Magi: Colors and Costumes

While discussing Vathara’s story Whispers of Fire, bookscrazygirl made a remark about the possible significance of the color of the silks being used and it got me thinking.

About clothing and color choices. What clothes a person wears can say a lot. In many areas and in many time periods, how someone is dressed, what their clothing is made out of, and what colors it is immediately gives other people a lot information about the person’s wealth and social status. There were some places (and might still be) where there were very strict laws about what each class was allowed to wear. In others, the only rule was if you could afford it.

Generally speaking, the common folk wore clothing made out of the most common, readily avaibale material that could easily be shaped into clothing in their region. Rich people could afford to buy materials from far away or were just uncommon or labor intensive. Because even if the material is common and native to region, if it takes a lot of work to make it, it was expensive.

And that is not just the linen, cotton, wool, etc, etc that physically makes the clothes. There is also dyes. Again, the common folk tended to dye their clothing in whatever colors could be cheaply produced. The most difficult the color was to make, the most expensive the dye was.

Purple for example, before the advert of synthetic dyes, was very difficult to produce. That made it very expensive and many places therefore reserved it for highest members of society.

Adding to the layer cake is symbolism. Different cultures have different ways of looking at color. For example, if you asked most Americans what is a mourning color, they would tell you black. But in many Asian cultures like Chinese and Japanese, they would say white.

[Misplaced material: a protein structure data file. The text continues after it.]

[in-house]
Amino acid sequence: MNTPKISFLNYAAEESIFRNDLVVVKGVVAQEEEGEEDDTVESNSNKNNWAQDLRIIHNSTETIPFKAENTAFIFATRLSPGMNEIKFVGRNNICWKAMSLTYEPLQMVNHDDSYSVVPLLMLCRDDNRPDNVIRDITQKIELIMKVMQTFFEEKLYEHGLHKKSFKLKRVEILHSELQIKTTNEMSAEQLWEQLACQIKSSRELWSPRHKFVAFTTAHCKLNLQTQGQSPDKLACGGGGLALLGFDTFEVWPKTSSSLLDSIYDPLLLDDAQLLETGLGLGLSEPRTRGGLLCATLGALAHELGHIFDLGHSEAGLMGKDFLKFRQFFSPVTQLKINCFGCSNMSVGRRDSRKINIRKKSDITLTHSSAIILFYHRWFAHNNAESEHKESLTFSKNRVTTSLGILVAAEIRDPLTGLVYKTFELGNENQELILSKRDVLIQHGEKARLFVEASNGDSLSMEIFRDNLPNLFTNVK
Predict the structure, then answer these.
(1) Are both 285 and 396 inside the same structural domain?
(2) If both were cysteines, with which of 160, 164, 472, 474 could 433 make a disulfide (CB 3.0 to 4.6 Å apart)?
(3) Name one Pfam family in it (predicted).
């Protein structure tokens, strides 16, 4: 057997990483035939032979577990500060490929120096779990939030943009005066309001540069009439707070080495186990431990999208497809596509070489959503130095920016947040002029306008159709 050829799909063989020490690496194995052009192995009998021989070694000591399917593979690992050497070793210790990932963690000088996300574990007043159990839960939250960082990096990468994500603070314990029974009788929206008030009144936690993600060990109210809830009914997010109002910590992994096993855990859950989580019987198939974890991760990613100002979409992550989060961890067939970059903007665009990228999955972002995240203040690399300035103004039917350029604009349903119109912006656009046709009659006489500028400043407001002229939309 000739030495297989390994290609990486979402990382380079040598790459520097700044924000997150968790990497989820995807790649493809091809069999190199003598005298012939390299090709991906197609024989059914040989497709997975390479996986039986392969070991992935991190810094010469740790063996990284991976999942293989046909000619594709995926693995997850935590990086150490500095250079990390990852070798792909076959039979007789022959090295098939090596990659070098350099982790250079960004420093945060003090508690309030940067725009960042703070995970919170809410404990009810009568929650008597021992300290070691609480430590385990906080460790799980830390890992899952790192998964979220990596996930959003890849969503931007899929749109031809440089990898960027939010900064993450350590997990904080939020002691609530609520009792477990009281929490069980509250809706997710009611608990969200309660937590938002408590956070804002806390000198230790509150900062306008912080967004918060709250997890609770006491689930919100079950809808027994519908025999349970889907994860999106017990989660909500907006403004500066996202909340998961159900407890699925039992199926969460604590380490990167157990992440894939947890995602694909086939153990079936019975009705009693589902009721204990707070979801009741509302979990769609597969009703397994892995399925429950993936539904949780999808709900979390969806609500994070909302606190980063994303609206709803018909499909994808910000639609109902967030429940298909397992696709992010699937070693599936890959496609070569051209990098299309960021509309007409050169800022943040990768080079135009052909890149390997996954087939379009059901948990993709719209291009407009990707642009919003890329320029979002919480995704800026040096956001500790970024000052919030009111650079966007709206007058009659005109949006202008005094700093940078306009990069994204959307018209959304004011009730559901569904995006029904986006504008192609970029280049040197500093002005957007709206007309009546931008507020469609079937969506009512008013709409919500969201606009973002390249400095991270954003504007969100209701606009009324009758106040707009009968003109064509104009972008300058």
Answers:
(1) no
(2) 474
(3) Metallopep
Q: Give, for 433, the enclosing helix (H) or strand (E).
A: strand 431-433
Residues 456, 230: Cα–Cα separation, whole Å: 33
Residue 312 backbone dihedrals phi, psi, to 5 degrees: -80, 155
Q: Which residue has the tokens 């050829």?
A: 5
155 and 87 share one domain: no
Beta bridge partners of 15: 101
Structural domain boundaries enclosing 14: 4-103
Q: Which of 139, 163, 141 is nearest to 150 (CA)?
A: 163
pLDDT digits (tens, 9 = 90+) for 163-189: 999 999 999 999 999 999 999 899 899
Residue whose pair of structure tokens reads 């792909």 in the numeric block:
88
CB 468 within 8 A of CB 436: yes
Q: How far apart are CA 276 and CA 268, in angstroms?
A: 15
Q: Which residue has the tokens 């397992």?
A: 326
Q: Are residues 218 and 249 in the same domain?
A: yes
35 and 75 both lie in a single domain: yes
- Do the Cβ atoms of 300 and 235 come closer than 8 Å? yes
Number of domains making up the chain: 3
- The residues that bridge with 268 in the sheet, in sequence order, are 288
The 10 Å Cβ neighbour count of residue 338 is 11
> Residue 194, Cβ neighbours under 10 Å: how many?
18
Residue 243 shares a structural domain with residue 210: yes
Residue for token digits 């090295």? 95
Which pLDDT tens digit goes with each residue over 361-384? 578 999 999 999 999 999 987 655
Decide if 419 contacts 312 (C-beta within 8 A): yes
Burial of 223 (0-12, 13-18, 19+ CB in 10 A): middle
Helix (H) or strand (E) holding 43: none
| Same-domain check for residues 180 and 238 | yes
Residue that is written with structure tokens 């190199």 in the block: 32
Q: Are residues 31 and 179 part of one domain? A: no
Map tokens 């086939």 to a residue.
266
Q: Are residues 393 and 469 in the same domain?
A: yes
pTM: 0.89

Ancient Egyptians also associated white with death and black with life because white was the desert, black was the silt deposited by the Nile floods. I can’t remember which one but there was at least one culture that considers yellow the color of mourning.

So speculation time, people, what do you think the colors they are wearing say about our Magi characters? To themselves and to others? What is their clothing made out of? What does that tell us about their respective countries, social status, and such?

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2 thoughts on “Magi: Colors and Costumes

    1. It can.

      People also used to wear white clothes underneath their other clothes because you can’t wash with water stuff like silk or velvet – so they keep something they could wash like linen next to the skin to collect all of the sweat and grime.

      But since Alibaba’s clothes don’t make him stand out despite the white color, I have to assume either they have really good and cheap laundry techniques where he is OR far more likely whatever his pants and coat are made out it is a naturally pale, undyed fabric. Same thing with Morgiana’s dress.

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